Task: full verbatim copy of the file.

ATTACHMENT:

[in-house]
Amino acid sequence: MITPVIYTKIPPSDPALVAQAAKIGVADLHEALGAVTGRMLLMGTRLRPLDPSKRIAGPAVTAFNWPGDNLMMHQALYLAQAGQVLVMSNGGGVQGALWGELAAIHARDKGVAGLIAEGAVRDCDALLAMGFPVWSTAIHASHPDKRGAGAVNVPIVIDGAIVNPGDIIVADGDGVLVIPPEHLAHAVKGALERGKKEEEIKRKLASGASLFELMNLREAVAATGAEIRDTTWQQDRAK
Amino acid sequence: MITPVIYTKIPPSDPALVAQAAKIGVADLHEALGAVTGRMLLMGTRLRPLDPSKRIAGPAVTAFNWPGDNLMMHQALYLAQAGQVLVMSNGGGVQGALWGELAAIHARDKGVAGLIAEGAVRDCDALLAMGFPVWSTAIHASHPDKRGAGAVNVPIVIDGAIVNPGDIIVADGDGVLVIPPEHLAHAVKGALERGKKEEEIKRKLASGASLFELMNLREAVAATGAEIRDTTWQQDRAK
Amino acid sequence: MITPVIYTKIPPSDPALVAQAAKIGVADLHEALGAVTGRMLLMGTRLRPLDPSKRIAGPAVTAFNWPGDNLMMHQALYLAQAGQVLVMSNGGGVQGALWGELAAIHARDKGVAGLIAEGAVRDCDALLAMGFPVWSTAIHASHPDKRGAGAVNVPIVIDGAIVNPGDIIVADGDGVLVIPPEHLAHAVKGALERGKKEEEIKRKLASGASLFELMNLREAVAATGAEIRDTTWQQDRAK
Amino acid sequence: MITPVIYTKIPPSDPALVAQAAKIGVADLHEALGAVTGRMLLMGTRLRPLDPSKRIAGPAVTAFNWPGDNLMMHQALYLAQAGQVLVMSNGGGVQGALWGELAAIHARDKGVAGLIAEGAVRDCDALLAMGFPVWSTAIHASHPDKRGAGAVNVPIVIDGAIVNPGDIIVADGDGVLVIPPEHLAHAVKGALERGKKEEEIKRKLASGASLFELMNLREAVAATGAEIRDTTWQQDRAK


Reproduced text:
[in-house]
Amino acid sequence: MITPVIYTKIPPSDPALVAQAAKIGVADLHEALGAVTGRMLLMGTRLRPLDPSKRIAGPAVTAFNWPGDNLMMHQALYLAQAGQVLVMSNGGGVQGALWGELAAIHARDKGVAGLIAEGAVRDCDALLAMGFPVWSTAIHASHPDKRGAGAVNVPIVIDGAIVNPGDIIVADGDGVLVIPPEHLAHAVKGALERGKKEEEIKRKLASGASLFELMNLREAVAATGAEIRDTTWQQDRAK
Amino acid sequence: MITPVIYTKIPPSDPALVAQAAKIGVADLHEALGAVTGRMLLMGTRLRPLDPSKRIAGPAVTAFNWPGDNLMMHQALYLAQAGQVLVMSNGGGVQGALWGELAAIHARDKGVAGLIAEGAVRDCDALLAMGFPVWSTAIHASHPDKRGAGAVNVPIVIDGAIVNPGDIIVADGDGVLVIPPEHLAHAVKGALERGKKEEEIKRKLASGASLFELMNLREAVAATGAEIRDTTWQQDRAK
Amino acid sequence: MITPVIYTKIPPSDPALVAQAAKIGVADLHEALGAVTGRMLLMGTRLRPLDPSKRIAGPAVTAFNWPGDNLMMHQALYLAQAGQVLVMSNGGGVQGALWGELAAIHARDKGVAGLIAEGAVRDCDALLAMGFPVWSTAIHASHPDKRGAGAVNVPIVIDGAIVNPGDIIVADGDGVLVIPPEHLAHAVKGALERGKKEEEIKRKLASGASLFELMNLREAVAATGAEIRDTTWQQDRAK
Amino acid sequence: MITPVIYTKIPPSDPALVAQAAKIGVADLHEALGAVTGRMLLMGTRLRPLDPSKRIAGPAVTAFNWPGDNLMMHQALYLAQAGQVLVMSNGGGVQGALWGELAAIHARDKGVAGLIAEGAVRDCDALLAMGFPVWSTAIHASHPDKRGAGAVNVPIVIDGAIVNPGDIIVADGDGVLVIPPEHLAHAVKGALERGKKEEEIKRKLASGASLFELMNLREAVAATGAEIRDTTWQQDRAK